9 Steps to Breaking the Silence in Negotiation

This blog is based on CEDR’s #askanegotiator podcast series in which Philip Williams, former Hostage and Crisis Negotiator, answers Negotiation questions and challenges submitted by listeners.

This blog tackles a question from a listener, who as a lawyer and mediator, wanted help with the following scenario:

How do you talk to someone who does not want to talk to you?

A not uncommon situation – facing a hostile other side in a commercial negotiation.

Drawing on his experience of negotiating in incredibly difficult situations where often human life was at stake, here are 9 steps to help you break the silence with your opposing side.

1. People Like to Talk

Fundamentally, people like to talk, especially if the subject is important to them, which, if it is a commercial negotiation, it most likely will be.

It is something we have been doing since childhood and is a habit that is not easily broken.

So, take heart in the fact that although they may not be speaking initially, talking to others is something that comes naturally to us all and in getting them to speak, you are tapping into an already long-ingrained and established behaviour.

2. Adopt the ‘Listening Position’

To use a sports analogy, think of it like running a race, hitting a golf ball, kicking a football or preparing to receive a tennis serve.

You adopt a position/stance that is conducive to you performing an action effectively – you are ready.

The same principle applies to listening.

If you are laid back, arms-crossed, possibly slouching, you do not look attentive, alert or interested. This resonates with the person and does not engender engagement.

Hostage and Crisis Negotiators instead use the power of ‘forward leaning’. It is very simple and is exactly what it says on the tin.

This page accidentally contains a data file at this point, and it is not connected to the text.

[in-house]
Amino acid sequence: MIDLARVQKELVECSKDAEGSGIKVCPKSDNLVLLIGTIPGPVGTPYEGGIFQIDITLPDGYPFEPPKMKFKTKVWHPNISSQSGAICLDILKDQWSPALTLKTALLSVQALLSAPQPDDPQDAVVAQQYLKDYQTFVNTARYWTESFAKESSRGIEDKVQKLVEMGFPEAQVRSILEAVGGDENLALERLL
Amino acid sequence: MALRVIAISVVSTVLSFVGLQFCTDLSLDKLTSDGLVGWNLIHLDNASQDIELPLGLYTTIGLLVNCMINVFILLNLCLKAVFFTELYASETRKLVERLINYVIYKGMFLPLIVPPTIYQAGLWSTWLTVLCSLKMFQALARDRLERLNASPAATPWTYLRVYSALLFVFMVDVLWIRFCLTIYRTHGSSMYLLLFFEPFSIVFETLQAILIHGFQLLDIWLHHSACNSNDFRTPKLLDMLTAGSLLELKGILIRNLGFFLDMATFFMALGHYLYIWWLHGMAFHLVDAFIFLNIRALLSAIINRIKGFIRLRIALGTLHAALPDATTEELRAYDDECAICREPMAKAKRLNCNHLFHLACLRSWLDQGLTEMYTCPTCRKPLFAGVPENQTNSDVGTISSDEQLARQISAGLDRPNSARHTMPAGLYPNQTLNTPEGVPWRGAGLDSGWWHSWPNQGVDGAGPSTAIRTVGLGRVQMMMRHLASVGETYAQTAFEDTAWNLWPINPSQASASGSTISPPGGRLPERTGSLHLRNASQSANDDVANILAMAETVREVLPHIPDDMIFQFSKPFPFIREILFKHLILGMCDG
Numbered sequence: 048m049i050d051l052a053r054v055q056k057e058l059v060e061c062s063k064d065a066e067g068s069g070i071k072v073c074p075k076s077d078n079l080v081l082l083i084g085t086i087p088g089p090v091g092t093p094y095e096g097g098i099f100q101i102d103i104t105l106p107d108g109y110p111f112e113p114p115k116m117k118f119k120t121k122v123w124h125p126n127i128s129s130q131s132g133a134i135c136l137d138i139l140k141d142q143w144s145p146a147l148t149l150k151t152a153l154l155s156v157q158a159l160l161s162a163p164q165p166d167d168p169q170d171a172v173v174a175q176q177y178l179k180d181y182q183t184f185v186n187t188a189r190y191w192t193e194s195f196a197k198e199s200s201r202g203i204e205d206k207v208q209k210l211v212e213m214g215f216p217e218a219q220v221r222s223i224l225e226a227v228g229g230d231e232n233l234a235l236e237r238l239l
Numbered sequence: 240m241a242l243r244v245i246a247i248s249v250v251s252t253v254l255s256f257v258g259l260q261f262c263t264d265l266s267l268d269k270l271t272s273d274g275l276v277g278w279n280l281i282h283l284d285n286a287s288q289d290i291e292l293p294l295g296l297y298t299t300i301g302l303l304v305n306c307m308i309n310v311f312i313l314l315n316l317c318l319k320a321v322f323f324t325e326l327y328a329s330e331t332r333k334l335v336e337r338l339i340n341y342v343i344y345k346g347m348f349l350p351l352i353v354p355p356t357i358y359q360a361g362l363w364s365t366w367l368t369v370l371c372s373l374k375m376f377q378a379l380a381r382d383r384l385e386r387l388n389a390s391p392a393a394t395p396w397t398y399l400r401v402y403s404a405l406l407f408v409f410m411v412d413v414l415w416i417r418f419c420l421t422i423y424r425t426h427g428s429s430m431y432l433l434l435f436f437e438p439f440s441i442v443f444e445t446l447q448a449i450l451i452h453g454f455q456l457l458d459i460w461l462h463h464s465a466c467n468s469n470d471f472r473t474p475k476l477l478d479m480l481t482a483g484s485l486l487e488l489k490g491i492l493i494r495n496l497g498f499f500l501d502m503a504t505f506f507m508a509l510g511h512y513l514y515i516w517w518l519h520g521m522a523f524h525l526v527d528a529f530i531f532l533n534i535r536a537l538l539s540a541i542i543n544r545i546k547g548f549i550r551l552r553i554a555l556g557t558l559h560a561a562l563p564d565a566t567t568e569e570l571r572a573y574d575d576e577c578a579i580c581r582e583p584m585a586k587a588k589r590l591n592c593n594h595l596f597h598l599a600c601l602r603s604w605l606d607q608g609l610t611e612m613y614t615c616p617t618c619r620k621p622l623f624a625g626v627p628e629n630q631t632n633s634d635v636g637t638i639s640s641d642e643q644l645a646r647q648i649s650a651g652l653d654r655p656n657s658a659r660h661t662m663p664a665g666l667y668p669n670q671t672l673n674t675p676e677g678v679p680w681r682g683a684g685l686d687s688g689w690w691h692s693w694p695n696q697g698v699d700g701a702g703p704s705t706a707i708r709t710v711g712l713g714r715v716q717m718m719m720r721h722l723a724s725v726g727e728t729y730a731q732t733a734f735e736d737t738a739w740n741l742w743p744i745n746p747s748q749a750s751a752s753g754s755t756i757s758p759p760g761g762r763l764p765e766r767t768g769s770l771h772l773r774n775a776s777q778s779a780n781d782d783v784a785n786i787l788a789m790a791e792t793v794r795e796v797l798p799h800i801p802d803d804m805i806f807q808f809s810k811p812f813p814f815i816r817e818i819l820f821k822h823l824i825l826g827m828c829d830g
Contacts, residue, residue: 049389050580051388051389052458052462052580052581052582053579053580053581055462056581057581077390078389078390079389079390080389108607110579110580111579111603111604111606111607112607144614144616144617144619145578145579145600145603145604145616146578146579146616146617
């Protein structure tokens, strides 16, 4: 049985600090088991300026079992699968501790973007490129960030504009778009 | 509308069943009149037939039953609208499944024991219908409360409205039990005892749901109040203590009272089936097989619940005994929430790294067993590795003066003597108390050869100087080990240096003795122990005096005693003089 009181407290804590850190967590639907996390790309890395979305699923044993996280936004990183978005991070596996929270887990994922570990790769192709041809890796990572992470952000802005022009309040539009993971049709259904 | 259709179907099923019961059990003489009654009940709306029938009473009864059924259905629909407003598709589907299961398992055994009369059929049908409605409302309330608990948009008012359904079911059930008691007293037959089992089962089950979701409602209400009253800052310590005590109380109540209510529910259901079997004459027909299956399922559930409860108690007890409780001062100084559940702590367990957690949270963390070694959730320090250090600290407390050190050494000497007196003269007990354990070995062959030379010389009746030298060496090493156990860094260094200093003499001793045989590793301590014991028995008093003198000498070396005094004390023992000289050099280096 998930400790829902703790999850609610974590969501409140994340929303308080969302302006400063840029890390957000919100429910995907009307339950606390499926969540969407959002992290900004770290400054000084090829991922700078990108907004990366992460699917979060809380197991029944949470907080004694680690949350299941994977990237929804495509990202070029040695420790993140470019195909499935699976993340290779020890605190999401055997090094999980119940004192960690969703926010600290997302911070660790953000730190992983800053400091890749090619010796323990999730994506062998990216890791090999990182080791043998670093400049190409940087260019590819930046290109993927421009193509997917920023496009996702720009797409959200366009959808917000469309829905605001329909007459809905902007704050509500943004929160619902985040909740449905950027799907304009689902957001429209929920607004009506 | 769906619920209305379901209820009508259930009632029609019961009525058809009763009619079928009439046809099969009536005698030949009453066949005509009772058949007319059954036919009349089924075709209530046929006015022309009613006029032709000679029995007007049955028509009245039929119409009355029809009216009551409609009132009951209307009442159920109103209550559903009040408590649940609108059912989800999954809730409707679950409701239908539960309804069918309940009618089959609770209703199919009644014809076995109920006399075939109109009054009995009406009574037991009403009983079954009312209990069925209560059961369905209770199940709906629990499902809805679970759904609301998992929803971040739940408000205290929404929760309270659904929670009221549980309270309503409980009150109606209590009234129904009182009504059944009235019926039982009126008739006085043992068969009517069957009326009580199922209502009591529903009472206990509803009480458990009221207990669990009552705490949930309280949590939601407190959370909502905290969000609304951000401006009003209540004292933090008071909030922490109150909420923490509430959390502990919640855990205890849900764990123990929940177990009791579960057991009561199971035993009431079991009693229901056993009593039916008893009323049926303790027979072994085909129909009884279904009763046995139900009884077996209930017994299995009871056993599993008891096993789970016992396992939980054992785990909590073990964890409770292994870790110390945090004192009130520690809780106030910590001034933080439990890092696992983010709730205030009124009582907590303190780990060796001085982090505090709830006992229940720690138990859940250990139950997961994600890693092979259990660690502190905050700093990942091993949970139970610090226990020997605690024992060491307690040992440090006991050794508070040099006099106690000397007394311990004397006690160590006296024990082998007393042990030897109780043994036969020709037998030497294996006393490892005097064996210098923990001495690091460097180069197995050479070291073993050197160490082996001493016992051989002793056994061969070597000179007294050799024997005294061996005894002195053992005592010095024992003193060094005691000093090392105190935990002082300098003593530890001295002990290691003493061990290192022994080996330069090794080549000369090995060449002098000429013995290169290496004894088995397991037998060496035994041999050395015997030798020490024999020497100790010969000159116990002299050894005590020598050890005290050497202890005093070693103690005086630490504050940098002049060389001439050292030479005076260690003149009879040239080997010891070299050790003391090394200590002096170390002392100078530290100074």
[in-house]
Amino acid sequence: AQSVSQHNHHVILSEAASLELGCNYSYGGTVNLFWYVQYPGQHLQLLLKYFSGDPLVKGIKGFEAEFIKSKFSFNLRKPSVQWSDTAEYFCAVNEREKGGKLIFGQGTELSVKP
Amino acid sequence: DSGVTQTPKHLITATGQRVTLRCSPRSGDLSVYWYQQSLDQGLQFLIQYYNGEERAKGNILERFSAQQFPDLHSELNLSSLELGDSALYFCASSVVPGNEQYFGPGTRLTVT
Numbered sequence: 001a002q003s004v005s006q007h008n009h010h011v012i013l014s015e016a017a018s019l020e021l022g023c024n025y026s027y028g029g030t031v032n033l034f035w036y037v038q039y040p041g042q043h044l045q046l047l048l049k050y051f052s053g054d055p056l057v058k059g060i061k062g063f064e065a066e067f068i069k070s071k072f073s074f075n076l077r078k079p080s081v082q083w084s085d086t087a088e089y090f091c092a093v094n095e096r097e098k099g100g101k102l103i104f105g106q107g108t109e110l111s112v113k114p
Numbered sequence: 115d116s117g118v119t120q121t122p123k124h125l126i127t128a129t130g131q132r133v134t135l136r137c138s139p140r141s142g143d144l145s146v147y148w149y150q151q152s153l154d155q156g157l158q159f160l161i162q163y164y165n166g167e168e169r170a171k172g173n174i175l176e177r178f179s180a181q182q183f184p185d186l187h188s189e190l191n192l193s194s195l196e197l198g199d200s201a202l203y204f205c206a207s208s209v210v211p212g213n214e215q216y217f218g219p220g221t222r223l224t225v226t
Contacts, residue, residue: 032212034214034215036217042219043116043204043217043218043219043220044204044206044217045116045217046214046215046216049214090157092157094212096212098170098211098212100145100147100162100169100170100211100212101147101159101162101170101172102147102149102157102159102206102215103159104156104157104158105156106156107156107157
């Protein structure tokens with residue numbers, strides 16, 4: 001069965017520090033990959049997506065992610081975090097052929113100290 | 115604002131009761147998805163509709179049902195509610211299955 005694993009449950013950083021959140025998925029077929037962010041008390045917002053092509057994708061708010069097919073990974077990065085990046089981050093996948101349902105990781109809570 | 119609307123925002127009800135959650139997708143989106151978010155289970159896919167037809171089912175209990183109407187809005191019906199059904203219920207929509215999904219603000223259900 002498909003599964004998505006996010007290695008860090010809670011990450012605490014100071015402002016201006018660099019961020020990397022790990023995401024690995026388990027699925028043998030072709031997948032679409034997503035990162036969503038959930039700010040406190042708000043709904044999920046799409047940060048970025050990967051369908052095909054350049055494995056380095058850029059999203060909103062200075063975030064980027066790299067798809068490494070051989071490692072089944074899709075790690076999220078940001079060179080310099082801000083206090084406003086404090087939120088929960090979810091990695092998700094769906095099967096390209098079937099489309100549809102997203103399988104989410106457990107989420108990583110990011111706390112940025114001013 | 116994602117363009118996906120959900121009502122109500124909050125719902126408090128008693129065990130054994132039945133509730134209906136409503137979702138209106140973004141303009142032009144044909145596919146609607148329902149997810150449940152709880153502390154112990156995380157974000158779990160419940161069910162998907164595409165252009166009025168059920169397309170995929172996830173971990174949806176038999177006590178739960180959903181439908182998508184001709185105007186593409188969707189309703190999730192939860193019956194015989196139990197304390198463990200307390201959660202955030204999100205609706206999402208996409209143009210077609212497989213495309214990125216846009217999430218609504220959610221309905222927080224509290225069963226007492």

The reason it works is because as your body adopts different positions using your muscles, the nerves within those muscles inform your brain what is happening. Subsequently, the positions we adopt resonate with feelings in the emotional part of our brain.

For example, if someone smiles at you, this makes you feel good, if they frown, you feel uncomfortable or upset.

This is the principle behind ‘forward leaning’.

Interestingly, it also works over the phone. Philip has witnessed hostage-takers tell a Hostage Negotiator that they were not taking them seriously and it was because the latter was sitting in the wrong position while on the phone. Their complacency and lack of physical engagement leaked into the tone of their voice.

3. Take Bite-Size Chunks

The good news about the other side not wanting to talk to you is that you have all the space in which to do the talking.

The question is, how are you going to fill that space?

Most of the time we talk too quickly and bombard people with our opinions, ideas and suggestions leaving them with too much information to process.

The tendency when confronted with silence is to fill the void, but even more so in these situations, we need to slow down and deliver bite-sized messages and sentences.

Take pauses, don’t overload them and give them space to respond.

4. Keep it Simple

Keep your language and messages as simple as possible.

If they are being unresponsive, now is not the time to complicate things both in terms of what you are saying or how you say it.

There will be a time to discuss more complicated things but that is once the dialogue is flowing.

5. Vary your Rhythm and Tone

While keeping your language and messages simple, you should still look to be conscious of how you are coming across.